Finding the Voice
In 1994, Patrick Gaffney, one of the main editors of The Tibetan Book of Living and Dying, gave an account of just how the book was written:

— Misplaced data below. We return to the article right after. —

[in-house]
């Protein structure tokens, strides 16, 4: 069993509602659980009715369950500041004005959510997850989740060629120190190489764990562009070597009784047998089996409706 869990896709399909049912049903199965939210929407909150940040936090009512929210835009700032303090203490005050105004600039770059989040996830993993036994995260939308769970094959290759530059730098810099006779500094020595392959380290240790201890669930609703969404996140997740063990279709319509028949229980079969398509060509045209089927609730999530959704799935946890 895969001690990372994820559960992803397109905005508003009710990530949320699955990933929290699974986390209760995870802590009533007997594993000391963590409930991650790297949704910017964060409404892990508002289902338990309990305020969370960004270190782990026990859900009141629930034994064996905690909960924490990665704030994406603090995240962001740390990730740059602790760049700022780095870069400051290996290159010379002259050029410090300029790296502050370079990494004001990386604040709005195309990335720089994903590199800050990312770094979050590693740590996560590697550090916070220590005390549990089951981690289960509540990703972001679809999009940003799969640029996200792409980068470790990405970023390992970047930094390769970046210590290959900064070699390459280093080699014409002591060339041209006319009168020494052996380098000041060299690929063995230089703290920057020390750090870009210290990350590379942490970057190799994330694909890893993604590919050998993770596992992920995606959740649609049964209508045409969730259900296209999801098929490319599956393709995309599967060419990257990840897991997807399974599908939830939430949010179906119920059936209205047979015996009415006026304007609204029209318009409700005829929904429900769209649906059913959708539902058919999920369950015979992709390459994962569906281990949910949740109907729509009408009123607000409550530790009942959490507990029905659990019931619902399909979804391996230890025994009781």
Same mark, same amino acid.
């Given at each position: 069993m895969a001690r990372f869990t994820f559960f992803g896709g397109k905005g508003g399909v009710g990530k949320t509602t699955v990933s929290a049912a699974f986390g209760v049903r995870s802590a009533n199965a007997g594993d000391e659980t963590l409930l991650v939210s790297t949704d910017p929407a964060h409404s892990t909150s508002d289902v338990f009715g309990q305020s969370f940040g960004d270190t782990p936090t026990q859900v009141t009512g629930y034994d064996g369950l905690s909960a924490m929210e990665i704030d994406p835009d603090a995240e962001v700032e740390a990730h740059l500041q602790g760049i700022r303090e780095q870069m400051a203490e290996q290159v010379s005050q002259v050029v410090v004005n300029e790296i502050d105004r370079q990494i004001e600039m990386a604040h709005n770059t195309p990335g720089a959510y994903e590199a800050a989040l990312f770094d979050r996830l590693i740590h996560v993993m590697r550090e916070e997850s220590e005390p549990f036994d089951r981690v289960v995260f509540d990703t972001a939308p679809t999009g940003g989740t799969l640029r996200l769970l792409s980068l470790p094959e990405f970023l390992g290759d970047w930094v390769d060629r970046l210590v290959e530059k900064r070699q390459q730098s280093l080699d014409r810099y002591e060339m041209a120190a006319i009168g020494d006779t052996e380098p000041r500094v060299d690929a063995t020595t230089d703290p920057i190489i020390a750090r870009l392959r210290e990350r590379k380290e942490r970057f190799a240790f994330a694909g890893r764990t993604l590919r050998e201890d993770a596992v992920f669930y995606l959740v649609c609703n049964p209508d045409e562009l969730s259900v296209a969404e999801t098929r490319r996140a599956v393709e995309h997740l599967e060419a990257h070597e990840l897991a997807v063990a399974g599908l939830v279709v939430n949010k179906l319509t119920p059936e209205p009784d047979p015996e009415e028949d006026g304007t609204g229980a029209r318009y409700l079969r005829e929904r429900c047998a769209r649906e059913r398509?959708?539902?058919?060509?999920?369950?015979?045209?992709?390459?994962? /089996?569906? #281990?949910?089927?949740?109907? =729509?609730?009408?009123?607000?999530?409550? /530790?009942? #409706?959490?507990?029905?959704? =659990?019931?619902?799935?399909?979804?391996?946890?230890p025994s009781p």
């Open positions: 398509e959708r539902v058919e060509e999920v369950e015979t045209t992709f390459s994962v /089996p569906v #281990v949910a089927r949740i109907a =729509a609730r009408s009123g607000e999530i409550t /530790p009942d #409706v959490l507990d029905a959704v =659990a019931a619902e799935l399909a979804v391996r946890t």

“DEATH CAN OFTEN BE a sticky subject. One afternoon in May three years ago, I arrived at a tiny railway station on the borders of England and Wales. Waiting to meet me was the owner of the cottage where I was to spend the next month attempting to justify the enormous volume of papers and books compressed into my luggage. We drove off down narrow, winding lanes. Suddenly, my new friend asked: “My wife tells me you’re working on a book. Is that right?” “Yes”, I said. “Well, can I give you a word of warning? We’ve got a friend of ours visiting. She loves talking, and minding everybody else’s business. If she finds out that you’re writing a book, we’ll never hear the end of it, neither you nor us.” “Oh?” I ventured, sensing that he was moving towards a helpful conclusion. “Take my advice. If she asks you what you do”, he paused as he caught my eye and a conspiratorial smile slunk across his face, “tell her you do something else … anything at all. Tell her, for instance, that you’re a mortician.” We both giggled at his ingenuity; no-one would ever risk too long a conversation with an undertaker, for obvious reasons. We sped on for another mile or so, quiet and contented. “By the way, what’s your book about, anyway?” “Well, actually …. it’s about death.” Now we drove on in a chilly silence, uneasy and grim-faced. As I sat there, I was reminded, yet again, of the power in our culture of the fear of death to penetrate and cast its shadow over even the most normal of circumstances, and to rob us, quite simply, of our lives.